Building a World’s Fair: A Closer Look

by Arnold Woods

San Francisco loves a fair. On three occasions, it held a World’s Fair to bring people from around the world to the City. The first one, the 1894 Midwinter Fair, was a way to show off Golden Gate Park, which the City had been building for nearly 25 years and was finally in shape to present to the world. The second one, the 1915 Panama-Pacific International Exposition, technically celebrated the opening of the Panama Canal the year before, but really was a ceremonial reopening of San Francisco after it rebuilt itself following the 1906 earthquake. When the Golden Gate and Bay Bridges were built in the 1930s, San Francisco threw another World’s Fair to celebrate their opening. This time it was called the Golden Gate International Exposition, aka, the GGIE.
 

Tower of the Sun framing during construction of the Golden Gate International Exposition, September 19, 1938.Tower of the Sun framing during construction of the Golden Gate International Exposition, September 19, 1938. (wnp100.00636; Morton-Waters Co., photographers – SCRAP Negative Collection / Courtesy of SCRAP)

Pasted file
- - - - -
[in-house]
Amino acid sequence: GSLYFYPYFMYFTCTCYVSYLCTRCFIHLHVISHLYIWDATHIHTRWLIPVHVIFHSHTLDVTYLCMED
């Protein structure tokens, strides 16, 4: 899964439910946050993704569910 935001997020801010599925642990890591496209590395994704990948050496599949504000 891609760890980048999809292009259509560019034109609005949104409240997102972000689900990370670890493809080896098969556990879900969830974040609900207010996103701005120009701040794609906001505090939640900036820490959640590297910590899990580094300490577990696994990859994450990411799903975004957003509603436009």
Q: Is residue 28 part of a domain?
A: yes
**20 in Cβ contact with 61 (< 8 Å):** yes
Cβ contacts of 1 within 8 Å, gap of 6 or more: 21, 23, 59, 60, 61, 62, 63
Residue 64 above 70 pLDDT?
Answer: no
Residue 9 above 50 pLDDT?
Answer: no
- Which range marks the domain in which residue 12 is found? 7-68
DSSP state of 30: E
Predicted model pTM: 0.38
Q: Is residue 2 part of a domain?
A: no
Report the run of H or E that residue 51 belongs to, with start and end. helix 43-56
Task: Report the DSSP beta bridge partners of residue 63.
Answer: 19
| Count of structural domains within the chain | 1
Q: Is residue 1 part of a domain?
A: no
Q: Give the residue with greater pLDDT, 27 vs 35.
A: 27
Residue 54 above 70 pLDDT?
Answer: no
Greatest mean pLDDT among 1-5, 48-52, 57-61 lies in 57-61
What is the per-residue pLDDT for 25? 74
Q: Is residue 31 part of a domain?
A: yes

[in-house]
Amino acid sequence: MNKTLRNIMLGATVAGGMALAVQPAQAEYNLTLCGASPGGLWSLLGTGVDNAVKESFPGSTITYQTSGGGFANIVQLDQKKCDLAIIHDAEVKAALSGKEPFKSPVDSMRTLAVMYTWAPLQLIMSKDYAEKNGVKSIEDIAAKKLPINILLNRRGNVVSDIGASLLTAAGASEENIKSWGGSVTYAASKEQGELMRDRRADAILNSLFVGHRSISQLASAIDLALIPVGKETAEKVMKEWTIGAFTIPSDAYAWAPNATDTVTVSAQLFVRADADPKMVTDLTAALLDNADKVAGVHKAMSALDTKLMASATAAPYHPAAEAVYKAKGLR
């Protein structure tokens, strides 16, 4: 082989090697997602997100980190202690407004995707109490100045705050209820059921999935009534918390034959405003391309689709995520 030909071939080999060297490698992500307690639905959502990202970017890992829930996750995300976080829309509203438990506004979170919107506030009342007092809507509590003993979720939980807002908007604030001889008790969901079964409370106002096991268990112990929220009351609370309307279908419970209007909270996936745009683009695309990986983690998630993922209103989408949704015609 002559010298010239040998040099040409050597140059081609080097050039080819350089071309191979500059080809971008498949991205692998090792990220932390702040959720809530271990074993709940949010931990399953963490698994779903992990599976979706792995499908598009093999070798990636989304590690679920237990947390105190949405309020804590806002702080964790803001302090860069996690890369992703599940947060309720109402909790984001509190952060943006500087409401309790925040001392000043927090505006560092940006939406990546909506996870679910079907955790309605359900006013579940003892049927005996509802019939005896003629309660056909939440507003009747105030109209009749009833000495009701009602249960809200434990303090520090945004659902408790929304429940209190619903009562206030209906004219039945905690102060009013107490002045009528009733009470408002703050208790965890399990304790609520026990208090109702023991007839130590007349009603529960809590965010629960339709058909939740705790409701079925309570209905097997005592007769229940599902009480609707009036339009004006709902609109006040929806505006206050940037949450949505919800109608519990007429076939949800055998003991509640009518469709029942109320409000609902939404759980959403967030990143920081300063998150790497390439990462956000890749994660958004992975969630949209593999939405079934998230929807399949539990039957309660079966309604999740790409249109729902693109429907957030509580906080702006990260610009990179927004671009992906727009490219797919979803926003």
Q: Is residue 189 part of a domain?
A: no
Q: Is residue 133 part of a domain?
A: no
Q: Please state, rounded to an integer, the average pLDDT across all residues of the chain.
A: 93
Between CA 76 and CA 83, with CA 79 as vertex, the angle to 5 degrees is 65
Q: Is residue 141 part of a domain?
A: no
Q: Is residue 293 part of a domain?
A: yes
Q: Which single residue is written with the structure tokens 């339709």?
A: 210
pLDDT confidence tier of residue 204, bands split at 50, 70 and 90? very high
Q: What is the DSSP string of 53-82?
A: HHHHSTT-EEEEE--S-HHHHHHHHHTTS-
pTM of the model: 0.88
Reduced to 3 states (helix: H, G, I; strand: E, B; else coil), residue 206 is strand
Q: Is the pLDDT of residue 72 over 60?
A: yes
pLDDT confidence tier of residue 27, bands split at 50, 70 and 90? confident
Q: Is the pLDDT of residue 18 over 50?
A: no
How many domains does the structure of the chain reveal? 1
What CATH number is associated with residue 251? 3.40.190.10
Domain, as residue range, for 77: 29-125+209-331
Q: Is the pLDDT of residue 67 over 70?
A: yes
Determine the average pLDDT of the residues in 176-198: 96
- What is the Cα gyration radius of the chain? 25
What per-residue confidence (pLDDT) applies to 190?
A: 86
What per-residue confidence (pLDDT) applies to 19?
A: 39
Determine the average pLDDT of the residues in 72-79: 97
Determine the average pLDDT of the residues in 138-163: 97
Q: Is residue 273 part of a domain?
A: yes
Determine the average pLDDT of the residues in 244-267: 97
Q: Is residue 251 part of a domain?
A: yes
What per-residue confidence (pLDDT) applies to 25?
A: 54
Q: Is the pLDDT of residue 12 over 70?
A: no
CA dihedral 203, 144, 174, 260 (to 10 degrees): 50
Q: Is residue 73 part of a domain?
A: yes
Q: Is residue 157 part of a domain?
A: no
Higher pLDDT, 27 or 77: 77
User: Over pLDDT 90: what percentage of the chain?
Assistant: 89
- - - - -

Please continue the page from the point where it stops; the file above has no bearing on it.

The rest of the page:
Since it was a celebration of the two bridges, sites near both bridges were considered, as well as Golden Gate Park, Lake Merced, and Islais Creek.1” A vote was held to determine the site of the Fair and voters overwhelming chose the new island that was being constructed on Yerba Buena Shoals, the rocky waters north of Yerba Buena Island.2 A contest was held to name the Fair. A sales clerk named Elizabeth Whitney won the contest with her submission of “The Golden Gate International Exposition: A Pageant of the Pacific.3